Author Topic: The Influence of Jujitsu and Judo on the Early Development of Kajukenbo Part 4  (Read 1101 times)

Offline Mitch Powell

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The Influence of Jujitsu and Judo on the Early Development of Kajukenbo
By Mitch Powell (Part 4)


William Kwai Sun Chow began training in kempo-jujitsu under Professor James Mitose about 1942. That training took place at Mitose’s home along with Mitose’s senior student Thomas Young and a few other students. Chow and Young were awarded their shodan (1st degree), and about that same time, Mitose opened a commercial dojo called the “Official Self Defense Club” (Bishop, 2003). Chow became an assistant instructor at the dojo where he taught others students such as Paul Yamaguchi (Moore). Chow then began teaching students of his own at the Catholic Youth Organization. Adriano Emperado joined that class and quickly became Chow’s top student. Chow went on to teach at the Nu’uanu Y.M.C.A. and the Kaheka Lane gym with Emperado assisting him (Bishop, 2008A). Emperado became Chow’s first black belt (Bishop, 2009A).


Adriano Emperado was born June 14, 1926, in Honolulu, Hawaii. At the age of eight Emperado began training in Western boxing under his father and uncles, who were professional boxers. By age eleven, Emperado began to learn the Filipino art of escrima. In 1940, Emperado began training in judo under Sensei Taneo at the Palama Settlement gym. In 1946, Emperado became a student of Professor William Chow, learning the art of kenpo-karate and going on to become Chow’s first black belt. In 1947, while also training under Chow and teaching classes for Chow, Emperado began collaborating with Joseph Holck, Frank Ordonez, Peter Choo, and George Chang, on a creation that would later become known as Kajukenbo (Bishop, 2009A).

Also in the later part of the 1940s, Emperado began training students of his own, including his brother Joe and Marino Tiwanak, a professional flyweight boxer. In 1950, Emperado moved his students to the Palama Settlement gym where they were joined by Woodrow McCandless, who was a black belt in kempo-jujitsu under Mitose ( At that time, Joe Emperado was a green belt in kenpo-karate under Chow, having started training from Chow in 1945. In 1952, Emperado promoted his brother Joe to the rank of black belt (Bishop, 2008E). In 1955, Emperado promoted Tiwanak to the rank of black belt. Tiwanak was the first student of Emperado to start at white belt and earn at black belt. A year or so later, Tiwanak left and started CHA3 kenpo-karate (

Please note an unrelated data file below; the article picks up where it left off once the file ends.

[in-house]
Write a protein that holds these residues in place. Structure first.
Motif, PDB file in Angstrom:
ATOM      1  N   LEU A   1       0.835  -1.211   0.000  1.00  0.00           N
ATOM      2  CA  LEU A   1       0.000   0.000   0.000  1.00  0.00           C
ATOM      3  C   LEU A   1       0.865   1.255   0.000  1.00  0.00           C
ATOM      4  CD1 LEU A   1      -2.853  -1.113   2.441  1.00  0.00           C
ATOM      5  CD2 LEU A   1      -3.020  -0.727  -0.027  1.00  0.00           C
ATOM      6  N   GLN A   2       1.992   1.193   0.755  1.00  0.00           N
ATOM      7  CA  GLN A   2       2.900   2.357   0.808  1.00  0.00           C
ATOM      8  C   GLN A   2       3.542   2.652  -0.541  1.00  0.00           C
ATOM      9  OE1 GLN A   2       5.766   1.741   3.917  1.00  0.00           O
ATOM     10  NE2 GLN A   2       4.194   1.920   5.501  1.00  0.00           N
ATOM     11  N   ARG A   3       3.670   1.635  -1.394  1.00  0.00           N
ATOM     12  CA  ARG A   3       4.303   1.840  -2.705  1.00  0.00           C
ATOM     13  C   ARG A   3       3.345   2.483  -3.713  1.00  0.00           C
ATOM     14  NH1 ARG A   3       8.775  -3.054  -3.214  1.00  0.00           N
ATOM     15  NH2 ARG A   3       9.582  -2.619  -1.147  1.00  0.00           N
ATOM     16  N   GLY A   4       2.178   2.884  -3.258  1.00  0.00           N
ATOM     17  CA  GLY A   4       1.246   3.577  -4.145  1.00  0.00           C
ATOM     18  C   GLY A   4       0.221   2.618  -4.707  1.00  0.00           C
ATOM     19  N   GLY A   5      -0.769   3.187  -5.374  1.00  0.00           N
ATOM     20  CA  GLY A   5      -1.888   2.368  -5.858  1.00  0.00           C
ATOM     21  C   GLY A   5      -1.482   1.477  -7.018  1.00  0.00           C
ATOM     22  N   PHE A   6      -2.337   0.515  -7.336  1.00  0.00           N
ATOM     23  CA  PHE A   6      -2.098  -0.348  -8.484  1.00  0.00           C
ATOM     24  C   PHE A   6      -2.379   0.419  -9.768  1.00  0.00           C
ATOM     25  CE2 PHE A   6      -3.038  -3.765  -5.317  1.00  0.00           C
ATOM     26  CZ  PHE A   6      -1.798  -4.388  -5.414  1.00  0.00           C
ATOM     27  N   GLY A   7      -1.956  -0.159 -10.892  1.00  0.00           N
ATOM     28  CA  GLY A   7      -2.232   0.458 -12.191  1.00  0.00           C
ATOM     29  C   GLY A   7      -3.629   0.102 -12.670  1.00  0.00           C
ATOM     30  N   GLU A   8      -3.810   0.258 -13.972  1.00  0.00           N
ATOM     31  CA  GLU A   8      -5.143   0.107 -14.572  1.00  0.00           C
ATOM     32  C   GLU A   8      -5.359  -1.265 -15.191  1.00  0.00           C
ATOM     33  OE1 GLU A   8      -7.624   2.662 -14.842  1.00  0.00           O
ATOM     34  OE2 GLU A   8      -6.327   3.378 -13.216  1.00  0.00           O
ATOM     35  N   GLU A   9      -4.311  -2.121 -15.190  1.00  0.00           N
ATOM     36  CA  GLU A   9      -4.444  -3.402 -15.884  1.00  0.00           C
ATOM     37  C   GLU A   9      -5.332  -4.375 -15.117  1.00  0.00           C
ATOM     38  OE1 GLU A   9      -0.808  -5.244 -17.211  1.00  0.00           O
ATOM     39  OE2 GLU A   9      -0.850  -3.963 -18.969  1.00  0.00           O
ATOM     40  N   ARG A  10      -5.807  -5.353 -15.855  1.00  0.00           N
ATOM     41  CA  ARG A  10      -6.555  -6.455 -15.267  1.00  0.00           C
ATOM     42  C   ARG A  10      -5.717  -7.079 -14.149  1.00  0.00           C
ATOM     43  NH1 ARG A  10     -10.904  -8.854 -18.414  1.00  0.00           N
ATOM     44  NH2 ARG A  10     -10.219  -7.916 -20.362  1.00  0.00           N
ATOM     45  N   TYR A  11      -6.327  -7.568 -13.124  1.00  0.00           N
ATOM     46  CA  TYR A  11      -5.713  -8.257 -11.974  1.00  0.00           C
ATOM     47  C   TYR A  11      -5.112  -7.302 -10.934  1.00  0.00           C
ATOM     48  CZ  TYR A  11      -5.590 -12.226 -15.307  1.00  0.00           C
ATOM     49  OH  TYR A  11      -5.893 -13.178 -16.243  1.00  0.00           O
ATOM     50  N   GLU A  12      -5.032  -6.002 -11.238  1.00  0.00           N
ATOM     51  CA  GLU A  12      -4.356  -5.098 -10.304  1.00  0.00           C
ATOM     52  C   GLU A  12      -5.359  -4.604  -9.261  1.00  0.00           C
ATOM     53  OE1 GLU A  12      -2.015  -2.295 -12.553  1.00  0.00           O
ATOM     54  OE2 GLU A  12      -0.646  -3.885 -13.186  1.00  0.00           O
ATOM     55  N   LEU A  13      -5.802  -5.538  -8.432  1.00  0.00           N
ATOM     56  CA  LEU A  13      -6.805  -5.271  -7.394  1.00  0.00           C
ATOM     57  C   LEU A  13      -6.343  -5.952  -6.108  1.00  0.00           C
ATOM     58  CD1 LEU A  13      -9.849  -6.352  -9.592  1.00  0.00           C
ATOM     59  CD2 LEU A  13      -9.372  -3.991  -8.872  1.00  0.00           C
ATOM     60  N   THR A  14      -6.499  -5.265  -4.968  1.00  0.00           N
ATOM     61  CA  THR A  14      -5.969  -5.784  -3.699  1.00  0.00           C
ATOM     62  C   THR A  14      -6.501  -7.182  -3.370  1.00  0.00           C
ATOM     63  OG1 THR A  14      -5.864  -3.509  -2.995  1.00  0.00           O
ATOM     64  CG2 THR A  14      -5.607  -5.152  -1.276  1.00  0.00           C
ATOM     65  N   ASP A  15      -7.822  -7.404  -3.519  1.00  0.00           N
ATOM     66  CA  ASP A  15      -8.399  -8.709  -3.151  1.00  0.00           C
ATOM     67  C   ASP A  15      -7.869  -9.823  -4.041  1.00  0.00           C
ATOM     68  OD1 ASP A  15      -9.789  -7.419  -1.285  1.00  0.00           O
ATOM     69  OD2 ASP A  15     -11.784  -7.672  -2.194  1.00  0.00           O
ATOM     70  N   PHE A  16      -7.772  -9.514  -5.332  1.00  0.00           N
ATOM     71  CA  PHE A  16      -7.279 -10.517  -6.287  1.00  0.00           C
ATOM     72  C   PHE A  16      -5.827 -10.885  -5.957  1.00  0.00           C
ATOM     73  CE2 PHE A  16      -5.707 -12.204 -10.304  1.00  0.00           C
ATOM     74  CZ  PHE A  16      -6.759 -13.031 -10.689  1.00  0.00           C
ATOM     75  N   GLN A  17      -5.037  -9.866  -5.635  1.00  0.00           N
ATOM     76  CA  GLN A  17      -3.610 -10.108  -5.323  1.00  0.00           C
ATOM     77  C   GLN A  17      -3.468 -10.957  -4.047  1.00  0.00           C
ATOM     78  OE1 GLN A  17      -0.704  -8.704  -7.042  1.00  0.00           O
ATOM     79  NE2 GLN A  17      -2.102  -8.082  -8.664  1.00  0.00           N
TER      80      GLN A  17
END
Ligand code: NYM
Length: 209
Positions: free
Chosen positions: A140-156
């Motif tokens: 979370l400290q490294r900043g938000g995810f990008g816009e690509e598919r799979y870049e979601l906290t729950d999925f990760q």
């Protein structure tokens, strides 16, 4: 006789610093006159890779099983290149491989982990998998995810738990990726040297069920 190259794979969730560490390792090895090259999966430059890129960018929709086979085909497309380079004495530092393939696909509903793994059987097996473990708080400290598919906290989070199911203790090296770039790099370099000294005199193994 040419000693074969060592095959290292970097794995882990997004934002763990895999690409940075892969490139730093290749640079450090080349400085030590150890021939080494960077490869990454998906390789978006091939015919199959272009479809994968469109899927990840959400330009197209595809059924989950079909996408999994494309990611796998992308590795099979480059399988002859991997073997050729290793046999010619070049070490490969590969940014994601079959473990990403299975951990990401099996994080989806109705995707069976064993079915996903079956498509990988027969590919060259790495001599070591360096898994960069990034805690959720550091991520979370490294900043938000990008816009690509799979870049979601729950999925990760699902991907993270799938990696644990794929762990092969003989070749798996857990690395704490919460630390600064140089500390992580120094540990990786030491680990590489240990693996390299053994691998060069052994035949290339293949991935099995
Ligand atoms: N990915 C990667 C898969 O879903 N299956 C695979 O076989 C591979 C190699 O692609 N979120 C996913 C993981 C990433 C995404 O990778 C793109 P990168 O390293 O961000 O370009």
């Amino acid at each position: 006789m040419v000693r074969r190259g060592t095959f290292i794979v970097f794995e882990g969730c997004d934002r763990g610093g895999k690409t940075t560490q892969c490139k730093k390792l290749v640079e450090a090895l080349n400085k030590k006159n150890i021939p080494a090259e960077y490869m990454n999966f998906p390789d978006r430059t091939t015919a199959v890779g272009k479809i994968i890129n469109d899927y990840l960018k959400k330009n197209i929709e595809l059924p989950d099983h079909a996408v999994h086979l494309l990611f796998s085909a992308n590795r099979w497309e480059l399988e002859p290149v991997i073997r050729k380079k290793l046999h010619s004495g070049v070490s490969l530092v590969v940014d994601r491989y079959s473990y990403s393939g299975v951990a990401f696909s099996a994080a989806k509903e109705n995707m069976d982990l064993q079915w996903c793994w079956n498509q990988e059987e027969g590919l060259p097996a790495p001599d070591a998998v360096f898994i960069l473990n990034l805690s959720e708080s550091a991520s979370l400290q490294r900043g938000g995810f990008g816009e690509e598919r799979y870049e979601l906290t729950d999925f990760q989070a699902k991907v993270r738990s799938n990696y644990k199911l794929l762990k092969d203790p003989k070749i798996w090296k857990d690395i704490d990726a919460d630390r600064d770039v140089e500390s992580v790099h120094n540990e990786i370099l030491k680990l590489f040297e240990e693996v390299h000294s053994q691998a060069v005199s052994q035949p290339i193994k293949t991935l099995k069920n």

In the mid-1950s, Emperado expanded his knowledge of escrima, training with his step-father Alfred Peralta, and began training in Choy Li Fut kung fu under Professor Lau Bun, and Northern Shaolin kung fu under Professor Wong. In the years that followed, Emperado went on to open additional schools, be credited with the creation of Kajukenbo and receive the title of professor and the rank of 10th degree from Professors Bun and Wong. In addition, Emperado is credited with co-founding Kajukenbo Ch’uan Fa and Kajukenbo Tum Pai along with Al Dela Cruz and Al Dacascos (Bishop, 2009B).


Kajukenbo founders Holck, Ordonez, and Choo can all trace their judo lineage to Jigoro Kano, the founder of judo, through their training within Danzan-ryu and their exposure to Okazaki, who obtained a black belt in judo from Kano. Holck also trained in judo under Sensei Inouye and Emperado trained in judo under Sensei Taneo. While I was unable to locate the judo lineages for Inouye and Taneo, I believe it is reasonable to say all judo leads back to Kano.

Continued on part 5...
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